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Marijuana industry is gripped by deal mania, according to PwC



Excitement around Canada’s
marijuana industry is high.

Photo/Matilde Campodonico

  • Major Canadian marijuana
    cultivators, or LPs, are on a
  • All that excitement around the industry will create
    winners and losers, according to a new report from
  • The winners, according to the accounting and consulting
    firm, will have “laser-focused” strategies looking at long-term

The cannabis sector is booming.

Major Canadian marijuana cultivators, known as licensed producers
(LPs), have pursued a flurry of deals as excitement around
legal marijuana market
ramps up.

Earlier this week, Constellation Brands, the beer-and-liquor
giant behind Corona, poured close to
$4 billion
into Canopy Growth, the largest publicly traded
LP. In May, Aurora — another of Canada’s large LPs — bought a
smaller rival, Medreleaf, in a
$2.3 billion
stock deal, just days after the company closed a
$1 billion cash-and-stock acquisition of
CanniMed Therapeutics. That’s amid a wave of smaller mergers
and acquisitions in the sector. 

Though investors are excited about the prospects of cannabis
legalization, accounting giant PwC is flashing warning signs: the
“deal mania” in the cannabis sector will create some winners, but
many more losers.

The winners are going to be the firms that are “laser-focused” on
long-term growth, PwC said in its recently-published “Cannabis
in Canada
” series.

Flowering marijuana plants are pictured at the Canopy Growth Corporation facility in Smiths Falls, Ontario, Canada, January 4, 2018.  Picture taken January 4, 2018.  REUTERS/Chris Wattie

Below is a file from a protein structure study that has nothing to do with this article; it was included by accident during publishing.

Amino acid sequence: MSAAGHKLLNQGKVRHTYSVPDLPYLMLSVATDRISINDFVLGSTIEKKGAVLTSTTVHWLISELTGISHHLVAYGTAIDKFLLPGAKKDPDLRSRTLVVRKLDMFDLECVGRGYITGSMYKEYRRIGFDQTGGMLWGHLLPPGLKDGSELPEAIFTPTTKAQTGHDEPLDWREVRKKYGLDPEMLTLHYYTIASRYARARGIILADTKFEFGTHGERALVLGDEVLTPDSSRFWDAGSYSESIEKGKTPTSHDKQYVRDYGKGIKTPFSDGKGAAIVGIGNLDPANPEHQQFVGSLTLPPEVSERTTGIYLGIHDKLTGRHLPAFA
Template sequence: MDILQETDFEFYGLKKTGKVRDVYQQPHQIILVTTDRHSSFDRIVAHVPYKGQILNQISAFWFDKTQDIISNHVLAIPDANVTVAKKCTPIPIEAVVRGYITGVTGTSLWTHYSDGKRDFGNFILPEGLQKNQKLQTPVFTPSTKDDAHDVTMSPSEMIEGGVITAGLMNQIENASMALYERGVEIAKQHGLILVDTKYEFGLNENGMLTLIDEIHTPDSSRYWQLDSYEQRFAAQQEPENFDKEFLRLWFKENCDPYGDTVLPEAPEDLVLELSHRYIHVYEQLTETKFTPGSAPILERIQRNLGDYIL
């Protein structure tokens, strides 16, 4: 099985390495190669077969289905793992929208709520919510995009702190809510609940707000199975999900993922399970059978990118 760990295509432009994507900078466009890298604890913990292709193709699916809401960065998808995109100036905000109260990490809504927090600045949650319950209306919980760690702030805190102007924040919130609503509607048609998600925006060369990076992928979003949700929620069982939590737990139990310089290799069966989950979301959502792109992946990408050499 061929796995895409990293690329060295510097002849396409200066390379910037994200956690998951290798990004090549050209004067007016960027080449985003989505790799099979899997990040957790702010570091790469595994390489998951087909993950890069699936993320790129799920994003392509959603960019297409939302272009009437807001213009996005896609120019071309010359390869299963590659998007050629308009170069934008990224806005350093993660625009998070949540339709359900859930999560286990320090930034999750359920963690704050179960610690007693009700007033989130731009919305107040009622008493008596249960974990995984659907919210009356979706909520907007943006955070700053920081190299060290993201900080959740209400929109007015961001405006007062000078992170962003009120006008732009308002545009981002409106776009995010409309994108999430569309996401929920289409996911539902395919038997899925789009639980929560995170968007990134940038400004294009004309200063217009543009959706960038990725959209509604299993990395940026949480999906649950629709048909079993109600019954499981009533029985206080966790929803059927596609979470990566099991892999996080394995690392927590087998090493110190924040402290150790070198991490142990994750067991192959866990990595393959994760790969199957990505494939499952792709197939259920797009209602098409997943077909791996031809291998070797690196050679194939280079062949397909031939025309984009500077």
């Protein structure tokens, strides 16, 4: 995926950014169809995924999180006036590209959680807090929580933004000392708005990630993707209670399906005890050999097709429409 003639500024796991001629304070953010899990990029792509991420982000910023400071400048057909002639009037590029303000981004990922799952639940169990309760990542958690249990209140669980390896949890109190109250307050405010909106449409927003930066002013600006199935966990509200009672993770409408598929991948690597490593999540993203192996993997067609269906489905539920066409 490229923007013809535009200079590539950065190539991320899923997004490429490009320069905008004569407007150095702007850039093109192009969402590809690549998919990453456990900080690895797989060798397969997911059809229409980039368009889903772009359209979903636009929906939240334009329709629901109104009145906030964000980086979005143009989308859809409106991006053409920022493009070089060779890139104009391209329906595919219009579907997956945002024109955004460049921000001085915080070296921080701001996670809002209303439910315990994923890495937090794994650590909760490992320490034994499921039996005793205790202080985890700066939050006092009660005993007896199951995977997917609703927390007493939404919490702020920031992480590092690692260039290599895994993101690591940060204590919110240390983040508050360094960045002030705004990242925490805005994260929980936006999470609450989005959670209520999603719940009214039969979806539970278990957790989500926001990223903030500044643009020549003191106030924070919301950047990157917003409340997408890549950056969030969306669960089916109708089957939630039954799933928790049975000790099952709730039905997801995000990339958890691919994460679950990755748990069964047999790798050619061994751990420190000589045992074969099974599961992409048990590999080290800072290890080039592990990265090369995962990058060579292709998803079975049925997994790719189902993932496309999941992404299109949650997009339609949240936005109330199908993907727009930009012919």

marijuana plants are pictured at the Canopy Growth Corporation
facility in Smiths Falls


Don’t chase ‘opportunistic events’

PwC said investor fervor has led LP’s to “move in too many
directions at once” by boosting the production of
 investing in
export markets
with ambiguous regulation, and developing new
consumer-focused brands for products in which there may not yet
be a clear market.

For example, Canadian LPs are rushing to create products like
edibles, beverages, and vaporizer oils, though most Canadian
provinces have said those products won’t be allowed until the
middle of 2019 at the earliest.

“To succeed in this rapidly evolving industry, companies
will need to grasp the realities of the marketplace and quickly
enact a focused, disciplined plan of attack,” PwC

Canadian LPs are all seeking to have the first-mover
advantage when new export markets open up. But as governments
around the world debate the merits of legal marijuana, it’s
likely that some LPs will find themselves ramping up production
to meet a demand that doesn’t yet exist — both in Canada, and in
export markets — causing prices to drop across the board as both
Canadian provinces and other countries deliberate how to
implement legalized marijuana.

“The risk here is that too many Canadian LPs are trying to
become global corporations before they have established
sustainable domestic businesses, opening the door to
complications down the road,” PwC said. 

On top of that, investors are more closely scrutinizing the
financials of publicly traded LPs as valuations soar. Once
legalization begins in Canada, consumers will have a range of
options, and will likely gravitate towards brands they

“Investors will show little patience for companies that
cannot differentiate themselves to win in a crowded market,” PwC

To win the market, PwC said LPs should chart a plan to grow
sustainability over three-to-five years, rather than targeting
“opportunistic events” that could give the stock price a quick

“Significant investment has been made in cannabis companies
and in order to move away from aspiration and into reality,
companies must now combine a coherent strategy built upon
conscious, well-articulated decisions with flawless execution,”
PwC said.

Read more of our cannabis industry coverage:

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